This is going to be fun!

The elasmobranch (Shark and Ray) team had a bit of an outing this past weekend, Mel, Dave and I took one of the Uni boats up the harbour for a bit of a reconnaissance mission checking out locations for our receivers. Here we are, on the first of many outings (it was freezing!) (Photo ©Mel Kellett) As a fairly shallow harbour for the most part, a significant proportion of the margins are exposed at low tide, meaning that we have to locate the receivers carefully. With such strong sun in the summer, exposure at low tide may cause them to overheat and malfunction which we don't want! We're also condending with strong currents in places, noise from the port, lots of recreational users, and a com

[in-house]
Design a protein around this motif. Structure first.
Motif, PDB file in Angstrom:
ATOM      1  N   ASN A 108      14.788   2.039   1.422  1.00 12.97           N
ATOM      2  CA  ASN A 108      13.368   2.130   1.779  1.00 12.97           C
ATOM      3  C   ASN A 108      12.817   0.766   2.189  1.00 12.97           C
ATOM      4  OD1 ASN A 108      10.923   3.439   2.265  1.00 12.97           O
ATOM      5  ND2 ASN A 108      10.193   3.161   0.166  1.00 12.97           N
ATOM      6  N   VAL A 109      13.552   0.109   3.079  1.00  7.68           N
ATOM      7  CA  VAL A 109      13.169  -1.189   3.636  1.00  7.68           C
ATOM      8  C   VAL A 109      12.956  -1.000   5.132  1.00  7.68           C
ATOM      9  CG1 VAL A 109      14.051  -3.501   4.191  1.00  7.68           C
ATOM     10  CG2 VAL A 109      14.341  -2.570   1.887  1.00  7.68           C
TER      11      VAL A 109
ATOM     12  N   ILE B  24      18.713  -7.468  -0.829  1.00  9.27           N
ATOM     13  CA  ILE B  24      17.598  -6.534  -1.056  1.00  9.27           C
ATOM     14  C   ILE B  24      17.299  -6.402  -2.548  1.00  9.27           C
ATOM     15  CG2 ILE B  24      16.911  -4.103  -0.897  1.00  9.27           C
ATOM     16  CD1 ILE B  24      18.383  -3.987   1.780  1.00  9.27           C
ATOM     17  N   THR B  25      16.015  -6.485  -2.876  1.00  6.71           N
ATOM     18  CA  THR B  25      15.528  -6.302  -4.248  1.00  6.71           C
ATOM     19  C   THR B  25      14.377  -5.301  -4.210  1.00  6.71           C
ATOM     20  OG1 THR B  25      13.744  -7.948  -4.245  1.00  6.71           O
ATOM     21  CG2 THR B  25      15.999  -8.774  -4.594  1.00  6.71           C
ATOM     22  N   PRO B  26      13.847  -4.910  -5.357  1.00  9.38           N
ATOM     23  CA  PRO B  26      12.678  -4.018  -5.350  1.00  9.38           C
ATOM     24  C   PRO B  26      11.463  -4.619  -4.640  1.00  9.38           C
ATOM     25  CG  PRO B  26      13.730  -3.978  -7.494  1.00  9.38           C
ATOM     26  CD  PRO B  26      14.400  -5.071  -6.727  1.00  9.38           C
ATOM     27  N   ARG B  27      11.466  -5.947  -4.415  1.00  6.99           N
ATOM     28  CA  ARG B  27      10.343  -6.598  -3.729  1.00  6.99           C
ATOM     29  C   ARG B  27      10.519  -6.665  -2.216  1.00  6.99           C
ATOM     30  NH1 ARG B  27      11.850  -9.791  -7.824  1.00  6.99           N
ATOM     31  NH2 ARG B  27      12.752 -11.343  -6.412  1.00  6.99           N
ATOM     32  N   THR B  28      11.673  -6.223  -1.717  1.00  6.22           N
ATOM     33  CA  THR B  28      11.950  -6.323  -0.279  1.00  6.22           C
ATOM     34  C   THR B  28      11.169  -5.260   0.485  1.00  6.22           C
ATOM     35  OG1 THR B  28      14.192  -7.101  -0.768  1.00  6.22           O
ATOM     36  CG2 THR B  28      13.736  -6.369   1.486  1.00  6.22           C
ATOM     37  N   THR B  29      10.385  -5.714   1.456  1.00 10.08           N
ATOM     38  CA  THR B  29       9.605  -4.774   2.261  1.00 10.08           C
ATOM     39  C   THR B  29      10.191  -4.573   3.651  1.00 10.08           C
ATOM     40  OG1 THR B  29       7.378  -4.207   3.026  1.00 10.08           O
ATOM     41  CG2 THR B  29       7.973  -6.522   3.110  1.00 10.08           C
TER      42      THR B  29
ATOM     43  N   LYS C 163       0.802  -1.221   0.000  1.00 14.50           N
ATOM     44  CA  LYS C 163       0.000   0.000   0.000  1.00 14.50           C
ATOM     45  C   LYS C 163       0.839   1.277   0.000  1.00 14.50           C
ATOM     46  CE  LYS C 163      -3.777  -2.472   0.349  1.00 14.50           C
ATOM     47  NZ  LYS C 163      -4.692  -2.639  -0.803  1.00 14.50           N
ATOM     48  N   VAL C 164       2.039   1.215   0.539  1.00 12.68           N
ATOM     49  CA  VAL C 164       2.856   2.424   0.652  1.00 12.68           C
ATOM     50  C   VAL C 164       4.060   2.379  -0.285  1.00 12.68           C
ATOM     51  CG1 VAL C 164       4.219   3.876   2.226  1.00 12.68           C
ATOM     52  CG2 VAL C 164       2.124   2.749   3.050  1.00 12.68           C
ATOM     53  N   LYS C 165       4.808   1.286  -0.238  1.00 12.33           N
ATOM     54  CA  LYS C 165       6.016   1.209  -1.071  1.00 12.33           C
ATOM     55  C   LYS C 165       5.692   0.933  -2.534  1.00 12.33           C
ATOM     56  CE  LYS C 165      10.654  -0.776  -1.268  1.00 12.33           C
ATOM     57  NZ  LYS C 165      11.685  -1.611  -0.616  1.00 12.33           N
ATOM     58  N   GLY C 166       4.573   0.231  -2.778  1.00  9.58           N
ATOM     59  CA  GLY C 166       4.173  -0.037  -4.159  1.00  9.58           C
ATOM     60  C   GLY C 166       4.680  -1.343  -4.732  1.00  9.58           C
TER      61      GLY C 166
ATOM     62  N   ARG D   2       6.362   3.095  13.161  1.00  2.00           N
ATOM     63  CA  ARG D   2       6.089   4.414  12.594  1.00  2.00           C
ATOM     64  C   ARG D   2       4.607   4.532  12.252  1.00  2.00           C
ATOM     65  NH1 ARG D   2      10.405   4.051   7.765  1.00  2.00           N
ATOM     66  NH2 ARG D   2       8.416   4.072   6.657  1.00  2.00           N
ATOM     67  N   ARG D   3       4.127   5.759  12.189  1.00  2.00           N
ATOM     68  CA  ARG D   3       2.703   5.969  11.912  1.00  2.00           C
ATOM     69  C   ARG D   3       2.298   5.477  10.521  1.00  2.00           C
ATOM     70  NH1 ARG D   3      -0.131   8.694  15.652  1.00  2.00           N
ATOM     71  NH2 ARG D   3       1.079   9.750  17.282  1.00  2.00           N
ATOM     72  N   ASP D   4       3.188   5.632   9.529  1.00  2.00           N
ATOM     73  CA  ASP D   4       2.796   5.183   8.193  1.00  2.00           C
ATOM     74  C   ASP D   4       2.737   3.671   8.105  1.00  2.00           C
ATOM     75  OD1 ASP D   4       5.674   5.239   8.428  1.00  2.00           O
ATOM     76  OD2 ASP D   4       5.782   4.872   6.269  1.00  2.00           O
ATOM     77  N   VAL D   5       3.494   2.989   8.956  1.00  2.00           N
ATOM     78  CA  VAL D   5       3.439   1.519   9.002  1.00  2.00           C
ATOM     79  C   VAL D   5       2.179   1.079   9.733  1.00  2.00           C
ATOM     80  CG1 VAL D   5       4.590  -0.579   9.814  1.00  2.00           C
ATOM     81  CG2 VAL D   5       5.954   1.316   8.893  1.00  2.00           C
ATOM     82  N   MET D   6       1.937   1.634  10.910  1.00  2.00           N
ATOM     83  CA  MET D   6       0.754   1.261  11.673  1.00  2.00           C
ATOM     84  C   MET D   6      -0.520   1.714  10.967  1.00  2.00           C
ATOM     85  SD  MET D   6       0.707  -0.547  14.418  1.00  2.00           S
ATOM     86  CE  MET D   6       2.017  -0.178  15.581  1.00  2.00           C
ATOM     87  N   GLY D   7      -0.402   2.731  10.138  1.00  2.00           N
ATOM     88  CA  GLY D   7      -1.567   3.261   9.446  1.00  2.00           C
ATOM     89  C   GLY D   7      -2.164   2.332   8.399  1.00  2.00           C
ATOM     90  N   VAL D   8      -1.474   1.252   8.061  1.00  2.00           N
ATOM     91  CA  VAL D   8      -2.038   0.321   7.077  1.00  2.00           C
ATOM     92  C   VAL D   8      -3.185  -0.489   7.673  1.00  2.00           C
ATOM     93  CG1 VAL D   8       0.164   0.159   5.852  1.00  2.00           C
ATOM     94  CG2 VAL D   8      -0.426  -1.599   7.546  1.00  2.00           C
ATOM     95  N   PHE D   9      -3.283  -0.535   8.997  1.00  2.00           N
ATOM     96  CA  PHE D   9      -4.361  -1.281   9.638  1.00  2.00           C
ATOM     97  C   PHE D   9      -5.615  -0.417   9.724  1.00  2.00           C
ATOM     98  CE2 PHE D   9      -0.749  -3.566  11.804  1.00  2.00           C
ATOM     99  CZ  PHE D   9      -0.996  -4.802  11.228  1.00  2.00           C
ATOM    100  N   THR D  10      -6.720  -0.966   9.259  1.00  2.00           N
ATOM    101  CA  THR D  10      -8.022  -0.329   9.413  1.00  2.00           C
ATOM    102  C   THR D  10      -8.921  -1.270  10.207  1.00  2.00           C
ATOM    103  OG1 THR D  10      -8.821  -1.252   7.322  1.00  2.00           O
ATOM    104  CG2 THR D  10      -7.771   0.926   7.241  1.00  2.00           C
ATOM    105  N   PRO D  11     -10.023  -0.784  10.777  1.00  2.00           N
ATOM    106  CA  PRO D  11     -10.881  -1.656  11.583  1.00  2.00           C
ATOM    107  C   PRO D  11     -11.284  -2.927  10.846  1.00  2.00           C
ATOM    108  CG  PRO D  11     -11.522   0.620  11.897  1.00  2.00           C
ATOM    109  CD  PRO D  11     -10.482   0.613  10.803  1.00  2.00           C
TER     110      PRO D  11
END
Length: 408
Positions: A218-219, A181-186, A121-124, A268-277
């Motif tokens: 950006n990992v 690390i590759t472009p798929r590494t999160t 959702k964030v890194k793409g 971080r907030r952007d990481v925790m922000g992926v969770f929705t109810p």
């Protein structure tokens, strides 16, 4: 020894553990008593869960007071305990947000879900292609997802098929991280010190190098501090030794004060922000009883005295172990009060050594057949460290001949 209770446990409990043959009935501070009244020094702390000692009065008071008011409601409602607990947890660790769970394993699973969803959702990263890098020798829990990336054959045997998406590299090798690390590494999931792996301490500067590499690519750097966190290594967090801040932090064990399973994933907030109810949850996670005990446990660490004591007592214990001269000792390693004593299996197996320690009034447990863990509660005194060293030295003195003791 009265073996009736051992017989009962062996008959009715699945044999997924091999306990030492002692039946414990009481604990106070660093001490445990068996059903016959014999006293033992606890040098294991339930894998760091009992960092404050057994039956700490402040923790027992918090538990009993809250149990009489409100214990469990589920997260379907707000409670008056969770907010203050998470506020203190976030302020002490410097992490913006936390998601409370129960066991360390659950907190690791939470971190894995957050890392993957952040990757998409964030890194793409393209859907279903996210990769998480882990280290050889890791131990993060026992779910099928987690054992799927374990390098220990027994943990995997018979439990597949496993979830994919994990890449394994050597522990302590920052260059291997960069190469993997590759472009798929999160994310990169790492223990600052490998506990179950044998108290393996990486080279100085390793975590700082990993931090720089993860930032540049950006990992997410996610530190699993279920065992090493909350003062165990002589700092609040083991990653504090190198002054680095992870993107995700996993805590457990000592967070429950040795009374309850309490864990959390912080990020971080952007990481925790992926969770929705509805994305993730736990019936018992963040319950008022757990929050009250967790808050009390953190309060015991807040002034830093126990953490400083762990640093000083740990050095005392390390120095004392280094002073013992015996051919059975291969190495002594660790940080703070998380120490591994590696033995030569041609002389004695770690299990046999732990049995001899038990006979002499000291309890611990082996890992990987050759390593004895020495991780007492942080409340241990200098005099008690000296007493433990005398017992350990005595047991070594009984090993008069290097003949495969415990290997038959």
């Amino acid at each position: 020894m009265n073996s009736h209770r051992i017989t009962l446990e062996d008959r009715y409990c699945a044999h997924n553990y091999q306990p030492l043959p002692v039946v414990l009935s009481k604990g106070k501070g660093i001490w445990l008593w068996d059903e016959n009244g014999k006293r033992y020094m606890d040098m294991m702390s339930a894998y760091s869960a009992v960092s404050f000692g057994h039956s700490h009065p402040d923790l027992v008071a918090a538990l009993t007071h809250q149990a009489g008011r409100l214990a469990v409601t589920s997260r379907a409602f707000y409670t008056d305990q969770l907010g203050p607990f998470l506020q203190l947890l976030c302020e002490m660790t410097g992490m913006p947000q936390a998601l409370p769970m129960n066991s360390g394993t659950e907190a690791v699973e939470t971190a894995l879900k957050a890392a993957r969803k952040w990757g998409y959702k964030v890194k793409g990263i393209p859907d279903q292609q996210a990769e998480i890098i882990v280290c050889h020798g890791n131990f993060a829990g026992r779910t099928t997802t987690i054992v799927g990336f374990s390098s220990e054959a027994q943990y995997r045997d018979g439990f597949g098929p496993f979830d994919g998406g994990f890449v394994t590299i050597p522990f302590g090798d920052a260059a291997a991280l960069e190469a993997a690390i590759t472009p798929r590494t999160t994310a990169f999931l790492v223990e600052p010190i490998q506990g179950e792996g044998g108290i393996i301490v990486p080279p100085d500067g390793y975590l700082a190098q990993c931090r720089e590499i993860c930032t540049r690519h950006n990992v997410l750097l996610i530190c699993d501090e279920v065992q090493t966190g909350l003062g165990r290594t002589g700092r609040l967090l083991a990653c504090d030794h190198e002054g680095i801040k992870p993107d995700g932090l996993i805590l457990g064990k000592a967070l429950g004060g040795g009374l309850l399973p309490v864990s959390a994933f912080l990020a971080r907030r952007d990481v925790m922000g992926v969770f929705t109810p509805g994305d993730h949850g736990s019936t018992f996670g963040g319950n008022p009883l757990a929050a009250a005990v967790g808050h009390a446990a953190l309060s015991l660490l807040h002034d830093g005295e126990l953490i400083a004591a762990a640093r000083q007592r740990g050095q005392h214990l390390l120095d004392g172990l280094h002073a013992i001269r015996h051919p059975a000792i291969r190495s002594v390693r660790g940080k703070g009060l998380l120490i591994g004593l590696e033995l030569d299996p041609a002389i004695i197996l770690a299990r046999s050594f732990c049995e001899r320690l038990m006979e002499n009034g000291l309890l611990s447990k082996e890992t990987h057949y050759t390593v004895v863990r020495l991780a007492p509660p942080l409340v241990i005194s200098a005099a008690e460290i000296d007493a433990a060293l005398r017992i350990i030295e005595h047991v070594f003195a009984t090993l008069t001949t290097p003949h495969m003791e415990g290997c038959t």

and it begins...

I did it! After over a year of planning, writing, rewriting, applying and waiting I've finally started this thing! Based at the Waikato University Coastal Marine Field station in Tauranga New Zealand, I'll be studying the ecology of the Batoid elasmobranchs (rays) in Tauranga harbour. New Zealand has few species of these iconic critters, the short-tail stingray (Dasyatis brevicaudata) and the eagle ray (Myliobatis tenuicaudatus) being the most well recognised. I'll post some species profiles at some point when I get a bit of time. So what am I going to be studying? This is still very much in the infancy stages, theres an idea, some animals and a huge area, so whatever I write about today wil

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